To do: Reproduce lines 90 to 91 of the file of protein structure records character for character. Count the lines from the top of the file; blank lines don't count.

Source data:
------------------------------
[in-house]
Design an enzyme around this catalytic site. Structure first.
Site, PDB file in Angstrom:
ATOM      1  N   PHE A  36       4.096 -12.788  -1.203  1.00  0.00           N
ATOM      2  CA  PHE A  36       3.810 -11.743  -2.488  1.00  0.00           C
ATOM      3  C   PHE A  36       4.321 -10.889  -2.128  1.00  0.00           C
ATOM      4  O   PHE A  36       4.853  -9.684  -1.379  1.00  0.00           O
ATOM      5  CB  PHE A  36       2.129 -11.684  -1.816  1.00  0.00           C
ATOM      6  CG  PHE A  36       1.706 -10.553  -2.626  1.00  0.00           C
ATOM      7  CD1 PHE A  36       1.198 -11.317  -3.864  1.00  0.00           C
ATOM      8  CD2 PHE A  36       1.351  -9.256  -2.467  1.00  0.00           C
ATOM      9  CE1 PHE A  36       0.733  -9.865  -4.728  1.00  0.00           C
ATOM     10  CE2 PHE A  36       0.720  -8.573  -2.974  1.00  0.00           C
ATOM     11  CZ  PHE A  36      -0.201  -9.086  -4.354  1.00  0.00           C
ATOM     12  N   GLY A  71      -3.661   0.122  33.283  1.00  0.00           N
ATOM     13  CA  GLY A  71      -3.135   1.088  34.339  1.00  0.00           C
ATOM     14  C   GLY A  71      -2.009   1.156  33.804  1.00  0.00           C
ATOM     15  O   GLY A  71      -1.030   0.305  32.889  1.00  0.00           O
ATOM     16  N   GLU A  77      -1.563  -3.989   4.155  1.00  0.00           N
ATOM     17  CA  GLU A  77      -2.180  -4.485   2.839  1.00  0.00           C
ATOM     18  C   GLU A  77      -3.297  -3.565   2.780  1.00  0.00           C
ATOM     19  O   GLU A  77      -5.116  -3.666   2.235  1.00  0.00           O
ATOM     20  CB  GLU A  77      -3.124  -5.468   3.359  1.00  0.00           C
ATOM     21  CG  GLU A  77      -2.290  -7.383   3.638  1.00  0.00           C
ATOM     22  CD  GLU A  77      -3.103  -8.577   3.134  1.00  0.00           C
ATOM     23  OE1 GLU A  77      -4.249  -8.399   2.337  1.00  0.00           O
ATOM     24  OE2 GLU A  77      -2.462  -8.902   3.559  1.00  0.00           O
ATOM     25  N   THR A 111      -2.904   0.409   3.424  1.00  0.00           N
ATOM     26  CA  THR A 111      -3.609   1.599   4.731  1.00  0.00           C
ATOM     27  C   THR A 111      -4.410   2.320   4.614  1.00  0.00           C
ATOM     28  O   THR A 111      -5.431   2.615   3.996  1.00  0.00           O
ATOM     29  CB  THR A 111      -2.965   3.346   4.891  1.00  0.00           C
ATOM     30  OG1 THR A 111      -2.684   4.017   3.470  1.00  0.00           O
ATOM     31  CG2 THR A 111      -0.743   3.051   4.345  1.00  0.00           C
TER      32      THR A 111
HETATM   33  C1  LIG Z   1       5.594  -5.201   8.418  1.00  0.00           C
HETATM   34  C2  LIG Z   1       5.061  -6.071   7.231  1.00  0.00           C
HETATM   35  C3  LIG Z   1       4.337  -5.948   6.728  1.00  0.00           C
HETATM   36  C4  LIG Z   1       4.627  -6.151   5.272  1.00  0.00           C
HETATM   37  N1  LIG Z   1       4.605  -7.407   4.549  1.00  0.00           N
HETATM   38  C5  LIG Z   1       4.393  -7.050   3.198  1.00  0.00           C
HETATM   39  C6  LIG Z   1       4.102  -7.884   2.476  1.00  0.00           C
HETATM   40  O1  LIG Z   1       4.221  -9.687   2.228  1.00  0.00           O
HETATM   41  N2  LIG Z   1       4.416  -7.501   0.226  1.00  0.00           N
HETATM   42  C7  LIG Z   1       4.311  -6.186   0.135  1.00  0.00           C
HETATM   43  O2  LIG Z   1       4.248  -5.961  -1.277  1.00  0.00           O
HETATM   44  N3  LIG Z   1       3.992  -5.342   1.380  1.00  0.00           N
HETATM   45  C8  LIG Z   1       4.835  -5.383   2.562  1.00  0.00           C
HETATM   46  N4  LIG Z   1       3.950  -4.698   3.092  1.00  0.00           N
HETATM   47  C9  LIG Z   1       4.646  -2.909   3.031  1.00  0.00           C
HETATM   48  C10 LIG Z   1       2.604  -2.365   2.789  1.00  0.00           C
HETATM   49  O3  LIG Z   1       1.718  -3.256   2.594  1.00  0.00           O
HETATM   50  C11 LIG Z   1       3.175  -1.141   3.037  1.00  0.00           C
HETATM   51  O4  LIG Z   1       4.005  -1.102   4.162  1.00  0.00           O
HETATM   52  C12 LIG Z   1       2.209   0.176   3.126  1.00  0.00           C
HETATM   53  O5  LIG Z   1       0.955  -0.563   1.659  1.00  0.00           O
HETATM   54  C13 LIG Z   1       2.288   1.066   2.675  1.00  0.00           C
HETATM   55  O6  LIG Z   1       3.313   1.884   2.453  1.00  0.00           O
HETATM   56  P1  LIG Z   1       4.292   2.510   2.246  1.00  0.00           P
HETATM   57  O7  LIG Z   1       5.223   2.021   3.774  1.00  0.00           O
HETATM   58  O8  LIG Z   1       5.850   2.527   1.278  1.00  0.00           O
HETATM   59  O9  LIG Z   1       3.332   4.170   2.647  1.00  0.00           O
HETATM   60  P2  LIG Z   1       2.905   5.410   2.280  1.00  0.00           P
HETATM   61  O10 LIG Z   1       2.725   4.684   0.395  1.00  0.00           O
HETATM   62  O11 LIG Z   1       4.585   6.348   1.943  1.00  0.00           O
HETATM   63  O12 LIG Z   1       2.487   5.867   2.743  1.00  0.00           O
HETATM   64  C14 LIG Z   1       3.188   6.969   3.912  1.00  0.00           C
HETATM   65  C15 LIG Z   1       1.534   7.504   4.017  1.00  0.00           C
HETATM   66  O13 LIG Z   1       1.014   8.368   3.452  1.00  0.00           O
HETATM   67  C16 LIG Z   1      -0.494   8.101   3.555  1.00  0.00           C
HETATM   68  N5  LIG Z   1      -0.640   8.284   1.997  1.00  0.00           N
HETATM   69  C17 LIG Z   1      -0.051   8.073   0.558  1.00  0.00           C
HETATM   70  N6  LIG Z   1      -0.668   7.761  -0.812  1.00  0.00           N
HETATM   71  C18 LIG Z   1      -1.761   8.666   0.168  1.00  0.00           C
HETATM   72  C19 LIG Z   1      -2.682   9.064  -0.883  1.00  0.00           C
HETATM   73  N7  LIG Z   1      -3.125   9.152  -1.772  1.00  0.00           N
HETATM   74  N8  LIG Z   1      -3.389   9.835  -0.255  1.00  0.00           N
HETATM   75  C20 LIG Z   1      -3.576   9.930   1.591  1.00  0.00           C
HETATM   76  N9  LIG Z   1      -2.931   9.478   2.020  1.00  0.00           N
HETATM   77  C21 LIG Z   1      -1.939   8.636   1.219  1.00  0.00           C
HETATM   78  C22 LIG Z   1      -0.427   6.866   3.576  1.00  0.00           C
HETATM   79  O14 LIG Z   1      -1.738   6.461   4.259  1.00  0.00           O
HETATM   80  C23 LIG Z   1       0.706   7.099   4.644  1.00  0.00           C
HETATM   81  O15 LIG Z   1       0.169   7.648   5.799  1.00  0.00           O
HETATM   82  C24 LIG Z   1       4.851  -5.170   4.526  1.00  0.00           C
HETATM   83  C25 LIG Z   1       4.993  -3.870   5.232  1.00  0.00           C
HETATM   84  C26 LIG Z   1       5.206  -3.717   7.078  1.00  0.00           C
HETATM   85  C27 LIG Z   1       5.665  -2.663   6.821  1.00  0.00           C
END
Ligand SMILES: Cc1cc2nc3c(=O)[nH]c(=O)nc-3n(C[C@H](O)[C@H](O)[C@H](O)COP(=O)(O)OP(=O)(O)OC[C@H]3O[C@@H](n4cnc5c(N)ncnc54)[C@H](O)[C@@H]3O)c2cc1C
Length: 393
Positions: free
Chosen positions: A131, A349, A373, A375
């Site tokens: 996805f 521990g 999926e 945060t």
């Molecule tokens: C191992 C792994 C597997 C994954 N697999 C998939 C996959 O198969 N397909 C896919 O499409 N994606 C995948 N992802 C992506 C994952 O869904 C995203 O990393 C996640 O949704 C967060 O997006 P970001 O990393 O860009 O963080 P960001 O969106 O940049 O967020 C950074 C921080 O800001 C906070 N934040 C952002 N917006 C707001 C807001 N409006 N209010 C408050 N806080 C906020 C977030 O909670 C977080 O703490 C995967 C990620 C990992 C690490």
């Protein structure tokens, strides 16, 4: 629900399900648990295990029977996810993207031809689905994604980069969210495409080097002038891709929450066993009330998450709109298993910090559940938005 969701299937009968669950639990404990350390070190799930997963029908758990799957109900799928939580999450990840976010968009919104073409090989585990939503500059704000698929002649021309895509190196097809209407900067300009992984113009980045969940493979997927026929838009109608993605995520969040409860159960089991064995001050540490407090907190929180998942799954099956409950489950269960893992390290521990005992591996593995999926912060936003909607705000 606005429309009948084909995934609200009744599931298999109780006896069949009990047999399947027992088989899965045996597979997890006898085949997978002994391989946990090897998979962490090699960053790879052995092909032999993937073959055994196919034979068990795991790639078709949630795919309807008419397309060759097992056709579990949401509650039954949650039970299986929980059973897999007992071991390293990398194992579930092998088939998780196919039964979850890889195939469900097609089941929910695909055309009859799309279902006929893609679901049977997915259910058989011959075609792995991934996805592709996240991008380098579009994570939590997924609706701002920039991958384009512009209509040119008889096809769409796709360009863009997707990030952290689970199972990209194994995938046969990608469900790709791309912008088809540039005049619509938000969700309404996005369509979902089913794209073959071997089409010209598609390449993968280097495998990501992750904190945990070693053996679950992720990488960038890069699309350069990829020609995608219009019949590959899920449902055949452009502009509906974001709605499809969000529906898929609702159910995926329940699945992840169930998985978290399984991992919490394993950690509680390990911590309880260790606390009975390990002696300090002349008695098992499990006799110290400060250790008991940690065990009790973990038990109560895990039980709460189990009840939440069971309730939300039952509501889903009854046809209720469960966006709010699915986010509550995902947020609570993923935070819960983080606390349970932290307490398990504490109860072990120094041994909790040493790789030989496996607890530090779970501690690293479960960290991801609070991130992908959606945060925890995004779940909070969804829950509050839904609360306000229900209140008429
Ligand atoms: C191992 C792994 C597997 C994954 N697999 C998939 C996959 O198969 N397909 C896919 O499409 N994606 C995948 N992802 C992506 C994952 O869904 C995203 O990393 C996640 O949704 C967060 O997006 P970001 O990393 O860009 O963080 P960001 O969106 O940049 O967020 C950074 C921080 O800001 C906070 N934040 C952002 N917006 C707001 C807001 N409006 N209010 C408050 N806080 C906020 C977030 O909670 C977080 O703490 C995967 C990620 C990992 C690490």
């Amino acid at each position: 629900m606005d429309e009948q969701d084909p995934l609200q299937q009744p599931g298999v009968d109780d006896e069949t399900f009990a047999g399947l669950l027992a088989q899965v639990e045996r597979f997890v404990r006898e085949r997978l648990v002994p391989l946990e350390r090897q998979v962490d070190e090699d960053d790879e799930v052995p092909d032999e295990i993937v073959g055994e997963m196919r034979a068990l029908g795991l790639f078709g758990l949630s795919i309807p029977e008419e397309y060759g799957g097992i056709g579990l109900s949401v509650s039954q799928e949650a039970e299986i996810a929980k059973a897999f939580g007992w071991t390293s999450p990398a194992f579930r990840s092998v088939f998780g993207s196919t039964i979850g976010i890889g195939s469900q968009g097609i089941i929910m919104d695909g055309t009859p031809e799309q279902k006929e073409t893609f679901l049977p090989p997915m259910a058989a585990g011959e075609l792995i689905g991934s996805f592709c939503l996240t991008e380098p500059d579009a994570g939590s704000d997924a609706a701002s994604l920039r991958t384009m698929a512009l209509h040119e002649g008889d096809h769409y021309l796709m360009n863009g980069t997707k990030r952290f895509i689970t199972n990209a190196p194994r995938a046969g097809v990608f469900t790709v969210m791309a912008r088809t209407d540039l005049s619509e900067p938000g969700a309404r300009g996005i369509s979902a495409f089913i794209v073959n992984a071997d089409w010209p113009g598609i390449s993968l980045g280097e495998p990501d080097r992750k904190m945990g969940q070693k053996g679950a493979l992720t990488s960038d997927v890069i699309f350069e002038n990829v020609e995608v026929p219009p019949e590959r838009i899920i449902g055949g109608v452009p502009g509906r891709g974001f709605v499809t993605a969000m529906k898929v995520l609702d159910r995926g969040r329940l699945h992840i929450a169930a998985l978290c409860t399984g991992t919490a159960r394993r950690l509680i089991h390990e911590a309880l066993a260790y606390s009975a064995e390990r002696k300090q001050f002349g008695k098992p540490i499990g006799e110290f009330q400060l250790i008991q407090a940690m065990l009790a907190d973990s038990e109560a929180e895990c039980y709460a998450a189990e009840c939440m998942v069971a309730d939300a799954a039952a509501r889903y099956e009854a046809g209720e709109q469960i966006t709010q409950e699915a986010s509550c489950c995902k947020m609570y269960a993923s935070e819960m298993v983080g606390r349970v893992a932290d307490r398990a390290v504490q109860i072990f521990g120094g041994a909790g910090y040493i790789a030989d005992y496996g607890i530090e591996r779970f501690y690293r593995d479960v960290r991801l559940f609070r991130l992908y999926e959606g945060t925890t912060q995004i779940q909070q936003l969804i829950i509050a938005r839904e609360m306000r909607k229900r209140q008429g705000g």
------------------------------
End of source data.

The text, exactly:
Ligand SMILES: Cc1cc2nc3c(=O)[nH]c(=O)nc-3n(C[C@H](O)[C@H](O)[C@H](O)COP(=O)(O)OP(=O)(O)OC[C@H]3O[C@@H](n4cnc5c(N)ncnc54)[C@H](O)[C@@H]3O)c2cc1C
Length: 393